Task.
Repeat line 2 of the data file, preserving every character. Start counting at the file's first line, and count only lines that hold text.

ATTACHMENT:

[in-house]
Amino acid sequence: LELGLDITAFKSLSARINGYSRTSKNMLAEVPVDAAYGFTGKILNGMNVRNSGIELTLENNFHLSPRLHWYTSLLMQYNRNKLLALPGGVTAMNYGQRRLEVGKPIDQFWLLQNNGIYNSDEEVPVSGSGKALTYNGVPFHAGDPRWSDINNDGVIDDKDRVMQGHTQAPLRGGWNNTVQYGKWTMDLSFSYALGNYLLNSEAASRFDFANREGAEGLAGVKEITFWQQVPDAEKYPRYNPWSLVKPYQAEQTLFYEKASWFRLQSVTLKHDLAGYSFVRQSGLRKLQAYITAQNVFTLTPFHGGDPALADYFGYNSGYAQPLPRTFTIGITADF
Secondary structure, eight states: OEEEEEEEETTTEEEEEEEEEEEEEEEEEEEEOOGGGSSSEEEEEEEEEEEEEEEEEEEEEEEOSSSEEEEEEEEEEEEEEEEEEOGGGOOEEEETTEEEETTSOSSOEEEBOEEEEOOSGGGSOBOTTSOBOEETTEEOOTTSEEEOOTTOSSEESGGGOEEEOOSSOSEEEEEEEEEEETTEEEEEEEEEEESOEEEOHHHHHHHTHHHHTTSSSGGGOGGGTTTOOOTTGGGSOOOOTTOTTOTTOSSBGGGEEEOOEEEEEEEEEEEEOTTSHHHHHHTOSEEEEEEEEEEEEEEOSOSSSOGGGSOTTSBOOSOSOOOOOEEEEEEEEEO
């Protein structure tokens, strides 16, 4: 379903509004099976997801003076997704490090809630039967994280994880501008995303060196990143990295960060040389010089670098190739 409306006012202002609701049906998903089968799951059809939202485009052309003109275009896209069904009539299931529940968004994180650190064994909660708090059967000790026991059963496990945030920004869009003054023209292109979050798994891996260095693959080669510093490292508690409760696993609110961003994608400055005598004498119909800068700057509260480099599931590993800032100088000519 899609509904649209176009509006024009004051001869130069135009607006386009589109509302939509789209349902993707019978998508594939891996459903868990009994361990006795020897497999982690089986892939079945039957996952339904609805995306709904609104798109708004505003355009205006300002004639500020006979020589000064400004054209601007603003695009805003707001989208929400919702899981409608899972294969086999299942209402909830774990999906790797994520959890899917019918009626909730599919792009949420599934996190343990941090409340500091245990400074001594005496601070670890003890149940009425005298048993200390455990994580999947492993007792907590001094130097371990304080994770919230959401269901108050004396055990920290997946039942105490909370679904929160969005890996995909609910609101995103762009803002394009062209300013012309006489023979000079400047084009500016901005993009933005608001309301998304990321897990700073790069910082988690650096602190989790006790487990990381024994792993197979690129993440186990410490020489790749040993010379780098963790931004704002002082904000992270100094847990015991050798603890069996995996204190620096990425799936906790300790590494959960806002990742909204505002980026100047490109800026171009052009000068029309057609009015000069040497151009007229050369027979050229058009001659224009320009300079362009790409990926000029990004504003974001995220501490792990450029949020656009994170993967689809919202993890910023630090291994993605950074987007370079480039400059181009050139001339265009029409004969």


Amino acid sequence: LELGLDITAFKSLSARINGYSRTSKNMLAEVPVDAAYGFTGKILNGMNVRNSGIELTLENNFHLSPRLHWYTSLLMQYNRNKLLALPGGVTAMNYGQRRLEVGKPIDQFWLLQNNGIYNSDEEVPVSGSGKALTYNGVPFHAGDPRWSDINNDGVIDDKDRVMQGHTQAPLRGGWNNTVQYGKWTMDLSFSYALGNYLLNSEAASRFDFANREGAEGLAGVKEITFWQQVPDAEKYPRYNPWSLVKPYQAEQTLFYEKASWFRLQSVTLKHDLAGYSFVRQSGLRKLQAYITAQNVFTLTPFHGGDPALADYFGYNSGYAQPLPRTFTIGITADF